Mr Bell: The latter. Maybe it is easier if I just explain the way in which we operate. Our criteria are public so that market participants know how we apply the rules. They have provisions so that we can have different criteria if we feel someone is gaming them, but basically our criteria is public. The client will approach us; an analyst will be assigned to a particular transaction—that is the primary analyst. Sometimes on big transactions, complex transactions, there may be two analysts. They will gather the information; they will ask the questions that they believe they should have obtain answers to in order to achieve the rating. They will then, once they have done this, go to a committee and they will present the conclusions of their work to the committee. The committee will vote on the rating. That is how we operate.

  Q1005  Ms Keeble: Do the assessors get information from separate sources or just from the client?

  Mr Bell: They will get assessment, they will get information from all the sources they deem relevant, so they will get it from the client, they may get it from the press, they will get it from other market participants if need be.

  Q1006  Ms Keeble: What happens if the client says, "If I tweak it here or there, will I get a triple-A"? What do you do then?

  Mr Bell: We basically answer the issue of our criteria. So if a client says, "I thought I had followed your criteria. I thought I would get a triple-A. I have not got a triple-A. What is wrong? Why did I not get a triple-A?" We will give them an answer and say the criteria had not been followed.

  Q1007  Ms Keeble: But before hand, I mean, when you are doing the assessment?

  Mr Bell: This is what I am talking about. When we are doing the assessment the client will sometimes come to us and say, "I do not understand; I thought I had met the criteria", and we will explain, "No, we do not believe the criteria has been met", and then they will decide whether they want to go ahead with the transaction or maybe they want to change the transaction.

  Q1008  Ms Keeble: How about the others? How does what you have described compare with the other agencies?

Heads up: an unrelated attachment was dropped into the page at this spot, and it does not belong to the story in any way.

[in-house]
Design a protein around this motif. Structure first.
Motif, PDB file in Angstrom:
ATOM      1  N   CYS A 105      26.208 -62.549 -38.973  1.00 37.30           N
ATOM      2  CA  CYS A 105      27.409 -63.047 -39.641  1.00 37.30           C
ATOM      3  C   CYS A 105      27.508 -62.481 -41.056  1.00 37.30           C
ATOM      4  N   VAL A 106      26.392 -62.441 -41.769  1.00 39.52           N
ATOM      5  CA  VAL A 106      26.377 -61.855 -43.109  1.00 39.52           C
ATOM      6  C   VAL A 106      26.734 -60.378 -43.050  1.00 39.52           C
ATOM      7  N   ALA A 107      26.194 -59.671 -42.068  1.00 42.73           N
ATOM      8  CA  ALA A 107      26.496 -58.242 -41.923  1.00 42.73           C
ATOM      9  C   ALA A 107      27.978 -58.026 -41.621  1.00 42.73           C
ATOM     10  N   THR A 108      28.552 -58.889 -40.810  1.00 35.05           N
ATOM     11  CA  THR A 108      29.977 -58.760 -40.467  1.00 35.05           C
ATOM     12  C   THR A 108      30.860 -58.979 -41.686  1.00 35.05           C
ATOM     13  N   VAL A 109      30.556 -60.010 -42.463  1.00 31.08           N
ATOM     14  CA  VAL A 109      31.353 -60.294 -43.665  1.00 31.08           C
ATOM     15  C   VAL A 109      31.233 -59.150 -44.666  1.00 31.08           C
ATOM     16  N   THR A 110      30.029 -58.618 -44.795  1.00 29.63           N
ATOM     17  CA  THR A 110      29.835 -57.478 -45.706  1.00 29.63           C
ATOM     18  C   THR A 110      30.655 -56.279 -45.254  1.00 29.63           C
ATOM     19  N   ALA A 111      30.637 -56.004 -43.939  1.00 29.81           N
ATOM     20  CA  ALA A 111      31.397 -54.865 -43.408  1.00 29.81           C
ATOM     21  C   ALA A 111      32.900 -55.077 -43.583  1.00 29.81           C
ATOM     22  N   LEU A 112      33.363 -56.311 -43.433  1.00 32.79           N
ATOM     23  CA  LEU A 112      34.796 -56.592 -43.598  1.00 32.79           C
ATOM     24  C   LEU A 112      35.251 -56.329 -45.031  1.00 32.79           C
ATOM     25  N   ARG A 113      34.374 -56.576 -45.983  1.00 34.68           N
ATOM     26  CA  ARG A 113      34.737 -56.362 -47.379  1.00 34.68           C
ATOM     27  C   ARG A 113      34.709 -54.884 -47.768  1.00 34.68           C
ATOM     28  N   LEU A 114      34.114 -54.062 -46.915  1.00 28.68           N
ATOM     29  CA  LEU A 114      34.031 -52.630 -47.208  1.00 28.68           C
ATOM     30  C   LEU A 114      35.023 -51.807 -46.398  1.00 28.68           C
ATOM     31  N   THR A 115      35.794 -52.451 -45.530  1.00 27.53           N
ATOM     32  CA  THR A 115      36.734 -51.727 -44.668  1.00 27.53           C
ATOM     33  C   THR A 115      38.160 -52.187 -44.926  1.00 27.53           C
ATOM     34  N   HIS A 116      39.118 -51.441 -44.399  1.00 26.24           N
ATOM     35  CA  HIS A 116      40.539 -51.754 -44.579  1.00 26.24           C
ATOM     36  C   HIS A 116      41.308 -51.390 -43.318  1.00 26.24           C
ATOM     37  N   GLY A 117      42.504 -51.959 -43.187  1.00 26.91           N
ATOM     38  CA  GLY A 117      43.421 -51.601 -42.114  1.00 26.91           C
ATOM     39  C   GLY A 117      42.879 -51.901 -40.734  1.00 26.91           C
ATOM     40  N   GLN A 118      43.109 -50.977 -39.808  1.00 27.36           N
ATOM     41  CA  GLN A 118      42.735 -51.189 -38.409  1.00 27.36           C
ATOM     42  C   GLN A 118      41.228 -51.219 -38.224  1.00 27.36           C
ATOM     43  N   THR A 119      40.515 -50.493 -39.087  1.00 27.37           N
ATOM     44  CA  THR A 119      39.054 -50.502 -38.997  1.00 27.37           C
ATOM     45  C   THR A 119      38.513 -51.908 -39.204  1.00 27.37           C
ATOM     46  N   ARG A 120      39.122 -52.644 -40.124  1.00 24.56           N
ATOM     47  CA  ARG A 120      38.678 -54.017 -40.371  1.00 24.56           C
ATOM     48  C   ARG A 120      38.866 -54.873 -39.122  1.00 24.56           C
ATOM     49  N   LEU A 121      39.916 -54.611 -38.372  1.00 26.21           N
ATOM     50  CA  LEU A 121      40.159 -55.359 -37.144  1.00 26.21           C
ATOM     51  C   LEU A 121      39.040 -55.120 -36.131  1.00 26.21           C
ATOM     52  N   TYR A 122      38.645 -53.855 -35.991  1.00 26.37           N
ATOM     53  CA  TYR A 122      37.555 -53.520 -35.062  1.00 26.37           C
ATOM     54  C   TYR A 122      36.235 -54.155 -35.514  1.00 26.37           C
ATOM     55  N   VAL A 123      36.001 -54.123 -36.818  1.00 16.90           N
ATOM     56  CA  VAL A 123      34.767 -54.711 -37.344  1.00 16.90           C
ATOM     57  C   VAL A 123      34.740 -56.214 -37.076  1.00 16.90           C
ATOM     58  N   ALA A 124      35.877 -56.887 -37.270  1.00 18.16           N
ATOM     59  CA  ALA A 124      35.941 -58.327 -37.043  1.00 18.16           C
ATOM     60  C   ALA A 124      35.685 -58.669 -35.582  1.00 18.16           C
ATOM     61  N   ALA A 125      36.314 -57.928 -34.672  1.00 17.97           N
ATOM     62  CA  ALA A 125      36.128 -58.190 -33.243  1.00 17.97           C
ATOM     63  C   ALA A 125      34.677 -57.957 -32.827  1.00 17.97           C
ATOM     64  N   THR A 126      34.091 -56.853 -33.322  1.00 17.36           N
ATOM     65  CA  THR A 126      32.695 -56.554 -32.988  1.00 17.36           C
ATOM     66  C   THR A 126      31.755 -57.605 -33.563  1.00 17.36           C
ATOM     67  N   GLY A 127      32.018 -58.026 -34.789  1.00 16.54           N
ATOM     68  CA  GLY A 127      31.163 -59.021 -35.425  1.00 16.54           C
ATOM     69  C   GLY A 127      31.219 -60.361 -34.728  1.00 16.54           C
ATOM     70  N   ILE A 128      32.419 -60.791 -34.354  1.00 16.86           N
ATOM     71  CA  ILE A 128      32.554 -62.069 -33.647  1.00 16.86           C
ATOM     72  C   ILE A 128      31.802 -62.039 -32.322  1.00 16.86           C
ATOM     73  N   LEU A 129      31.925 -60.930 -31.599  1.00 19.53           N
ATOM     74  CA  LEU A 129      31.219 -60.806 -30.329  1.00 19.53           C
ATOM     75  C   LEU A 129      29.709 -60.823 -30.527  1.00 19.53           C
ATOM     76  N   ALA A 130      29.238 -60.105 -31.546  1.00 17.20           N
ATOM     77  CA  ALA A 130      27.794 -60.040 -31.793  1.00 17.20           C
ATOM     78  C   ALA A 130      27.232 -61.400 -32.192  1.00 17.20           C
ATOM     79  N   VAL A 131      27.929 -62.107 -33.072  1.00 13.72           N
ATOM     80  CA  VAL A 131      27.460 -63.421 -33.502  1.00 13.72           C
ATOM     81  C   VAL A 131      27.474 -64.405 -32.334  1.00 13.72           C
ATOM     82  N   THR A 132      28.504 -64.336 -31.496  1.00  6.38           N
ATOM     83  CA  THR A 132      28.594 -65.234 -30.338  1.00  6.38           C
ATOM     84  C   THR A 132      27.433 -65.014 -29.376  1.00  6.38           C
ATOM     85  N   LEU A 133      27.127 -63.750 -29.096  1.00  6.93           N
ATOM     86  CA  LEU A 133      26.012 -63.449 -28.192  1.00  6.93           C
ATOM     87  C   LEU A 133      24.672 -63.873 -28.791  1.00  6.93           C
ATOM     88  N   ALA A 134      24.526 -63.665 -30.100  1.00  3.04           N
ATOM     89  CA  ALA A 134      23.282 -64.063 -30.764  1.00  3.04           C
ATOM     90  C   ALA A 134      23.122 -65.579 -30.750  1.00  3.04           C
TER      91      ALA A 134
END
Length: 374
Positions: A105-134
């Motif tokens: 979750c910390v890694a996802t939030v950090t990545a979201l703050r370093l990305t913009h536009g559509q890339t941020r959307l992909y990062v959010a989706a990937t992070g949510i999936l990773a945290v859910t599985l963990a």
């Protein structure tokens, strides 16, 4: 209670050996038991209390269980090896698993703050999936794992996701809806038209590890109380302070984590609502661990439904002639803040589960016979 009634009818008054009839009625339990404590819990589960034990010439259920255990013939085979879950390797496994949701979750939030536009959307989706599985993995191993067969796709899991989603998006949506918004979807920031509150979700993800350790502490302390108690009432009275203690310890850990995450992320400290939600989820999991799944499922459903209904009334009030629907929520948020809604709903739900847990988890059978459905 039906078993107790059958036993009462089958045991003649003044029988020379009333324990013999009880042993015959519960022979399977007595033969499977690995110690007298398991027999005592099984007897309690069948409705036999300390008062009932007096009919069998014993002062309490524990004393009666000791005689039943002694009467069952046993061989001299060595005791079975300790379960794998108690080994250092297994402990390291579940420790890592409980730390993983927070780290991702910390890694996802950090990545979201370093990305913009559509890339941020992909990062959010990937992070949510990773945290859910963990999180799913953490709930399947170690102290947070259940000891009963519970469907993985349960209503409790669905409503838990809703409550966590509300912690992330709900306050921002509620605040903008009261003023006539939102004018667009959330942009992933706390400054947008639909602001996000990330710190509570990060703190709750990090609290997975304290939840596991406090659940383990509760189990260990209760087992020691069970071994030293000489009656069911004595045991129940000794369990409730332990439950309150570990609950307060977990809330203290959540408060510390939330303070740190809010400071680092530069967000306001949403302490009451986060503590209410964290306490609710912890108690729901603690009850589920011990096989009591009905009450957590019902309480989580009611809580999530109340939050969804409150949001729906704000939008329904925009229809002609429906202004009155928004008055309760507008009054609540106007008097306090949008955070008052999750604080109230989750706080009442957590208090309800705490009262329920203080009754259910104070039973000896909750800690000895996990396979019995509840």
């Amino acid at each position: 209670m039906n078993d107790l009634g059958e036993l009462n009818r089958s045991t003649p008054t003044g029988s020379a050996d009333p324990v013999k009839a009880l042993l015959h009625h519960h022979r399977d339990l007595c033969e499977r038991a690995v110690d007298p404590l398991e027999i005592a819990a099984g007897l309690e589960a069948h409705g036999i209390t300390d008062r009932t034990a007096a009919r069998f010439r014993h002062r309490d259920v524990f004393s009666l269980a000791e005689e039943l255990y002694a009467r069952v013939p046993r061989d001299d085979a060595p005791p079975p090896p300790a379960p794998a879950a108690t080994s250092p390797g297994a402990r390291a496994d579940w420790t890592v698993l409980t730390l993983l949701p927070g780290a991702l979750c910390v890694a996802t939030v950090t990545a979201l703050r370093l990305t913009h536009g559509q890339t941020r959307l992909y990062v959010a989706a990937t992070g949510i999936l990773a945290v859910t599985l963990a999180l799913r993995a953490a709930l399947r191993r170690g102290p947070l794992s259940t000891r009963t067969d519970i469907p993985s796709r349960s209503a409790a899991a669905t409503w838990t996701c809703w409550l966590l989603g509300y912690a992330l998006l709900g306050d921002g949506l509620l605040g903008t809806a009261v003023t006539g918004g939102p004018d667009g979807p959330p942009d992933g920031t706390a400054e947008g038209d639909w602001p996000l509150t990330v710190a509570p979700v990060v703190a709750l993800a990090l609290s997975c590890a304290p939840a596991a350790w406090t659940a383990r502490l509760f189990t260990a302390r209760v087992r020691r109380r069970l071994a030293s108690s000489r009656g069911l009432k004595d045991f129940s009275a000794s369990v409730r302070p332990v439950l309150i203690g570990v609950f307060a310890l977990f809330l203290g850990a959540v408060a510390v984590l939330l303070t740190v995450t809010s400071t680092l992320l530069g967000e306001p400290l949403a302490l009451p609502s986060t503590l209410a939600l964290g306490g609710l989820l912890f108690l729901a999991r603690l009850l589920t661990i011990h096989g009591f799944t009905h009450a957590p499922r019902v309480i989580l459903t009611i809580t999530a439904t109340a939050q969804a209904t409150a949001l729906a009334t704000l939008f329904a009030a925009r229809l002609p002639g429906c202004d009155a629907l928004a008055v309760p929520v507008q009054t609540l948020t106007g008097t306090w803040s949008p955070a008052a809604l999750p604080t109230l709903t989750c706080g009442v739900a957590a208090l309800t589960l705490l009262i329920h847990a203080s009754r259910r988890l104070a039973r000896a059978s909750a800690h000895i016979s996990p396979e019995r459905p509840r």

Mr Drevon: I think the committee process is probably somewhat similar. One thing to note which I think is important is that the reason why we have transparent methodology being made available to the market is because we think it is good practice. We were being accused a few years ago of being black boxes: a client, an arranger comes to us and asks us to rate a transaction, we give the rating but we do not explain the rationale for that rating. We have taken many steps over the last few years, in fact, to become much more transparent and make available our criteria to the market place. From a policy point of view, I think this was the right track to take.

  Q1009  Mr Simon: Going back to the extent to which you agree or not and why, you started off by saying that the ratings that you issue measure different things, they are not all the same; so S&P measures default probability, Moody's measures expected loss. Then, the next thing you said is that it is not true that there is an extraordinarily high degree of agreement between the things that you rate. So far that would make sense. If you are all measuring different things it is not surprising that there is not an extraordinary high degree of agreement, although it is surprising that there are people in the market saying that there is an extraordinary high degree of agreement. Then Mr Taylor told us that the reason there is an extraordinary high degree of agreement is that the facts are the same, at which point I am starting to lose it. The facts are the same, so there is an extraordinary high degree of agreement, but you are all measuring different things, so it is not surprising that there is not an extraordinary high degree of agreement. If there is an extraordinary high degree of agreement, what is the point of having three of you in a normal market where the product is the same and the price is roughly the same? What would be the point of having three providers if you are not in any competition, if you agree about everything, even though you are measuring different things?